Technology jobs dominate the top 10 fastest growing roles in the UK, according to data released today by job site Indeed.
At the top of the list was IT engineer, which has seen a 33.7% increase in vacancies over the past year, climbing from 154 million positions in April 2017 to April 2018 to 206 million in 2018 to 2019. The average salary for the position is now £28,212.
CNC machinist, a job that involves computer-assisted manufacturing for industries such as automotive and aerospace, was the fourth fastest-growing position, with vacancies climbing 31.2%. Over the last year vacancies have jumped from 121 million to 159 million, and the average salary is £27,881.
Mobile developer, meanwhile, came in seventh at 28.2% growth, with the number of positions jumping from 477 million to 612 million. The average salary is £34,971.
There were also a number of creative jobs that are largely employed within or related to technology.
Product designer was in third place, with a 31.2% increase and a rise from 160 million to 224 million – supported by an average salary of £38,203.
Designer came in eighth, with a 26.3% increase from 67 million to 85 million and an average salary of £32,638.
However, not all positions on the list were technology related. Salon assistant made a surprise entry at number two, with a 33.6% increase from 172 million to 230 million and an average salary of £16,029. Assistant principal came in at number five, while recruiting assistant, car wash attendant and conveyancing assistant were at sixth, ninth and tenth place respectively.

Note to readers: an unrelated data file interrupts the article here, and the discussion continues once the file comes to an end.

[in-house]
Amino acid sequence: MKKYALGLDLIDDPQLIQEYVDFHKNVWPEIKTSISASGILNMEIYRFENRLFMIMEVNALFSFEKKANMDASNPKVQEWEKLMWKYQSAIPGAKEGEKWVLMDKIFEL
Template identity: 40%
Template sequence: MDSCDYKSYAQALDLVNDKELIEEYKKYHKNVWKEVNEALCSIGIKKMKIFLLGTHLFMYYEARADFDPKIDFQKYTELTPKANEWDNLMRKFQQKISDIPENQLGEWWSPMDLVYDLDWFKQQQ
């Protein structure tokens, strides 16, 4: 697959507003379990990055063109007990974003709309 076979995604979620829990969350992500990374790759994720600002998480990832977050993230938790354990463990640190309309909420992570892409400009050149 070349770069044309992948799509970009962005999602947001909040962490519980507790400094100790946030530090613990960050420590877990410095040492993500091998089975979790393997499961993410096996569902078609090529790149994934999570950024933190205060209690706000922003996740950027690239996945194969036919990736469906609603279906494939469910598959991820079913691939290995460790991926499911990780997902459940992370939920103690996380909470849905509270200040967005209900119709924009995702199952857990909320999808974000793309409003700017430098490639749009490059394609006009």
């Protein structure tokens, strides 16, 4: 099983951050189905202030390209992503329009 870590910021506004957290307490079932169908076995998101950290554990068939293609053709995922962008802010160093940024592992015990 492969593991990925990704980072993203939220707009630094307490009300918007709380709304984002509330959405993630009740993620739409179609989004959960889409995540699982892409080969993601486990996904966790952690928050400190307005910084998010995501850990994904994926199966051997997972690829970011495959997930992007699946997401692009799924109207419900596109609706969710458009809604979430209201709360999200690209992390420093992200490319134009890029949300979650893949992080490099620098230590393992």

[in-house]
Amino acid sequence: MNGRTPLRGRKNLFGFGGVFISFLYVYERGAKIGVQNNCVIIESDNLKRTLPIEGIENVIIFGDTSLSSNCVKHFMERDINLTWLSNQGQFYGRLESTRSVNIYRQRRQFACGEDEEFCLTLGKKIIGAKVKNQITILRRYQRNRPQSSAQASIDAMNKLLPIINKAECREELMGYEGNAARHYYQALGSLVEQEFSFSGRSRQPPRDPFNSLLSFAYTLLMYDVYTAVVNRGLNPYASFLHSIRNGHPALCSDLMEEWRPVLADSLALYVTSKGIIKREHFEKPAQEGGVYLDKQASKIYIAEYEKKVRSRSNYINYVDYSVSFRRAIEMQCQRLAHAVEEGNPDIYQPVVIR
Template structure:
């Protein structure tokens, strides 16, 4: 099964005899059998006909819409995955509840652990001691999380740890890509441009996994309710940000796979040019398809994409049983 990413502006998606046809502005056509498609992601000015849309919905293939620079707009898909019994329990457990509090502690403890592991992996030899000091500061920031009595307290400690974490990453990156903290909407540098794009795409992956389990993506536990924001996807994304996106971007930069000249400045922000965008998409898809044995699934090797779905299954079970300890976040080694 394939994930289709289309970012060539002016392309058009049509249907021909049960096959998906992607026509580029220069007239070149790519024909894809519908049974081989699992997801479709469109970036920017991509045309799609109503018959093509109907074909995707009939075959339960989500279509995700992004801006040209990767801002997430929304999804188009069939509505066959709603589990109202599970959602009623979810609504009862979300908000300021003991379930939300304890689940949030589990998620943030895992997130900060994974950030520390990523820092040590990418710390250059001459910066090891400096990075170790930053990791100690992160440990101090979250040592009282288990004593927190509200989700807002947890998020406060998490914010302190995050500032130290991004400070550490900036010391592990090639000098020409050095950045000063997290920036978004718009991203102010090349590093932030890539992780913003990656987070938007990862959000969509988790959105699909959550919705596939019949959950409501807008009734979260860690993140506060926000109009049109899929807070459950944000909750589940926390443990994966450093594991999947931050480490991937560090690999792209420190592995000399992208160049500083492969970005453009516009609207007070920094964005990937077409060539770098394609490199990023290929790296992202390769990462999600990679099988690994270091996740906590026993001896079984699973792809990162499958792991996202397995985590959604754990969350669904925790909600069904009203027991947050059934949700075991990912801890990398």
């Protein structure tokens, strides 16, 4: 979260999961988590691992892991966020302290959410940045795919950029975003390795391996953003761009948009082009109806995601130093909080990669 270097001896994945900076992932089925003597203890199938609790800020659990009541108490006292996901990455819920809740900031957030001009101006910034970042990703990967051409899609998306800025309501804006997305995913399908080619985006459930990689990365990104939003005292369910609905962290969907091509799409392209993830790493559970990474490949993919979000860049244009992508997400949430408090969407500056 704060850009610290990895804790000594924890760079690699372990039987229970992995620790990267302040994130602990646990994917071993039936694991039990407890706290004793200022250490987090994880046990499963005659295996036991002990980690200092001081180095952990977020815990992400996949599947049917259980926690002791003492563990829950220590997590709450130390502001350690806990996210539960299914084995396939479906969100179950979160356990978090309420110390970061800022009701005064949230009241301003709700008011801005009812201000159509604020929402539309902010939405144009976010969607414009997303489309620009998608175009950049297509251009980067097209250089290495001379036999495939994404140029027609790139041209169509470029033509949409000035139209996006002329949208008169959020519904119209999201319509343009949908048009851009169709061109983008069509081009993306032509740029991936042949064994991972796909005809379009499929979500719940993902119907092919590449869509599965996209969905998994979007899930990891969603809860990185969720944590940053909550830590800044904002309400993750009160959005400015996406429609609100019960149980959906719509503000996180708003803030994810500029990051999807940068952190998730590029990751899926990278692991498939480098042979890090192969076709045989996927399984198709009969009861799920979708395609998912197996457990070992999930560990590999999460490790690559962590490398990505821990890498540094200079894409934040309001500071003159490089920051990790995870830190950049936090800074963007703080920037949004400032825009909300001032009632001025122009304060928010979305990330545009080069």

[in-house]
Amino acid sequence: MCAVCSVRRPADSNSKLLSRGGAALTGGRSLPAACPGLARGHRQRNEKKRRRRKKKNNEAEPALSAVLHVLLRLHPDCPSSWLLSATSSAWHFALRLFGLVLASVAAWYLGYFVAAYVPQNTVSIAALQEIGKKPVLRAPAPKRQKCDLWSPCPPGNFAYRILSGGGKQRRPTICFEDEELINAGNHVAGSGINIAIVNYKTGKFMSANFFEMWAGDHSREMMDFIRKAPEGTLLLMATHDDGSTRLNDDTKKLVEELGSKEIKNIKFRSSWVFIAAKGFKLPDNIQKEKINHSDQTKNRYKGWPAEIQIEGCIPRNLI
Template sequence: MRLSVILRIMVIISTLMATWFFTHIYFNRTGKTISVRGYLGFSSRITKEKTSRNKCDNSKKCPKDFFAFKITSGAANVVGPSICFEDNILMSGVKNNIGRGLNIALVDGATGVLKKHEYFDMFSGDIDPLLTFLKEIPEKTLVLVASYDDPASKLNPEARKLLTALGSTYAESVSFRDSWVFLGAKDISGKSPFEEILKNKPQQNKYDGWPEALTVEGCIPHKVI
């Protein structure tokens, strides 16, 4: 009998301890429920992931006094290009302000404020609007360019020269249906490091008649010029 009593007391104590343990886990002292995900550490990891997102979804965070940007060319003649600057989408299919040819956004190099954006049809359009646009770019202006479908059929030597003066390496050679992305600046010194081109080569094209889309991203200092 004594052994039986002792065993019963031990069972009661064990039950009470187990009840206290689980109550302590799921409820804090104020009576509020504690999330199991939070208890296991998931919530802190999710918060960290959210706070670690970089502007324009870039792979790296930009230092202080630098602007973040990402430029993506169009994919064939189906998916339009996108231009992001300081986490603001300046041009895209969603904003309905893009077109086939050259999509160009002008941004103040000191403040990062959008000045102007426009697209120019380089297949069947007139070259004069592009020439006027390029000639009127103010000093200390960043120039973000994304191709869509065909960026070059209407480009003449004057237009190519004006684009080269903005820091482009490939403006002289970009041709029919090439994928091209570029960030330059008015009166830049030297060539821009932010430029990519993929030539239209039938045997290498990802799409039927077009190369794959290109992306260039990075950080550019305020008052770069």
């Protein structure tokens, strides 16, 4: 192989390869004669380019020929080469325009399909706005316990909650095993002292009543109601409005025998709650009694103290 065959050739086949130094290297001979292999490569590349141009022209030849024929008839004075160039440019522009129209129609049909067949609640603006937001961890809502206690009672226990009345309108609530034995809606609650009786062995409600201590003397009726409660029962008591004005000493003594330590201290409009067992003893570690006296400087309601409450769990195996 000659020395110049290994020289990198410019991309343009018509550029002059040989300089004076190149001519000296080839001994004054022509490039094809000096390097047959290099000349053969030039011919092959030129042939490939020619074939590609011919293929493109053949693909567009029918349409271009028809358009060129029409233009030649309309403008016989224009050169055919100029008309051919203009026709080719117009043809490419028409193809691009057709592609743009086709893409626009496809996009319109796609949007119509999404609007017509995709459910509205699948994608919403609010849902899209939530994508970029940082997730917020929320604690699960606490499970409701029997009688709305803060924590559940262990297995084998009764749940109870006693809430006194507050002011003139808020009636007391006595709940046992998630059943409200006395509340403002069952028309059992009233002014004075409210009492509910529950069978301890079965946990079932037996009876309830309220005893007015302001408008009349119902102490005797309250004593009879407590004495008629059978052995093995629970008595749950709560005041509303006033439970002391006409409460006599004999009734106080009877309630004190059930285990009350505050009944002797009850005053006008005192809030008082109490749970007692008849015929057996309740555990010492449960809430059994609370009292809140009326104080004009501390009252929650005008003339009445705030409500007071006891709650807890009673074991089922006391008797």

Vacancies for technology jobs climb while shortages continue
The news comes as the technology industry continues to face a skills shortage as it is increasingly seen as a key source of economic growth in the UK.
“Virtually all organisations – not to mention the country as a whole – rely on IT infrastructure, and as a result the need for people who can install, service and protect it has mushroomed,” said Bill Richards, UK managing director of Indeed.
“Likewise the surging demand for mobile developers and those with advanced manufacturing skills like CNC machinists.”
This is particularly severe in niche areas such as cybersecurity and artificial intelligence. However, these have not made the list, in part because companies are increasingly pursuing alternatives to the creation of additional roles.